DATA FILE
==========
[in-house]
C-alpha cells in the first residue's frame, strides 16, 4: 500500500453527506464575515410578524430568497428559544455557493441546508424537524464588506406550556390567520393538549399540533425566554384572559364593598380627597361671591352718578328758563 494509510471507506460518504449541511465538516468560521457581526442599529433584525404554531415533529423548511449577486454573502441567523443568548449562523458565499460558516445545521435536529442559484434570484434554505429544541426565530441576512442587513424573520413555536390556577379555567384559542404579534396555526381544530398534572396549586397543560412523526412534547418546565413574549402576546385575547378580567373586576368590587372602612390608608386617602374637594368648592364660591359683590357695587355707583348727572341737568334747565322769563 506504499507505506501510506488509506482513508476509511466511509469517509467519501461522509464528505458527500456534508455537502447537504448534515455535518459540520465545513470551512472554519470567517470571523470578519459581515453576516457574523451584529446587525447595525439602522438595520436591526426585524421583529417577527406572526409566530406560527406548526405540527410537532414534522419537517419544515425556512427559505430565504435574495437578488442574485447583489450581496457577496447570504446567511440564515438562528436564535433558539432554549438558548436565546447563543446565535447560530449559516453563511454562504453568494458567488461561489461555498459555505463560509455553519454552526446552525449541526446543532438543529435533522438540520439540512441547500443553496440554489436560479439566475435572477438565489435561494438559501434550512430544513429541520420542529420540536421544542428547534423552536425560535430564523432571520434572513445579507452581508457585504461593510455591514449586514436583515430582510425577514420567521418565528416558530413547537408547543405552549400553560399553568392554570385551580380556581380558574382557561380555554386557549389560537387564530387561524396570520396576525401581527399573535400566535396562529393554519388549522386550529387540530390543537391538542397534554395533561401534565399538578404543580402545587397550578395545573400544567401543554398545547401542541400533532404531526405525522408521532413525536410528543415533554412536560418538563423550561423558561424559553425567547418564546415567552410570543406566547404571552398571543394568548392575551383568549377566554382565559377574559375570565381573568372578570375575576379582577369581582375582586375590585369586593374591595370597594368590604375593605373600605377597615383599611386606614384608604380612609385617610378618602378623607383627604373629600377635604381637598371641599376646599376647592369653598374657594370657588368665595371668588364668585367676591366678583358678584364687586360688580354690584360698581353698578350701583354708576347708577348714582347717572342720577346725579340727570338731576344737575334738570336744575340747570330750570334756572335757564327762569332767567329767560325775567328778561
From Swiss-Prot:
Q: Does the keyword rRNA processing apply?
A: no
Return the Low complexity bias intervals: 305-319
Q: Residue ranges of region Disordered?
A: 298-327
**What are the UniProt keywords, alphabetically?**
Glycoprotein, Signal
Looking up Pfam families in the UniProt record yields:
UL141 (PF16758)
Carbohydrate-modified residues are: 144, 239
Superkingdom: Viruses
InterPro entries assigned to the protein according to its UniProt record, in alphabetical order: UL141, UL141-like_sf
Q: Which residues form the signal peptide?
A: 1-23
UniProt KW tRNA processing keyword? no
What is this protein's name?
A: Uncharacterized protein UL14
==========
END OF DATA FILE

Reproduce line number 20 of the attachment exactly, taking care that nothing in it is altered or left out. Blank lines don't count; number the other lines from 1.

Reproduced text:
A: Uncharacterized protein UL14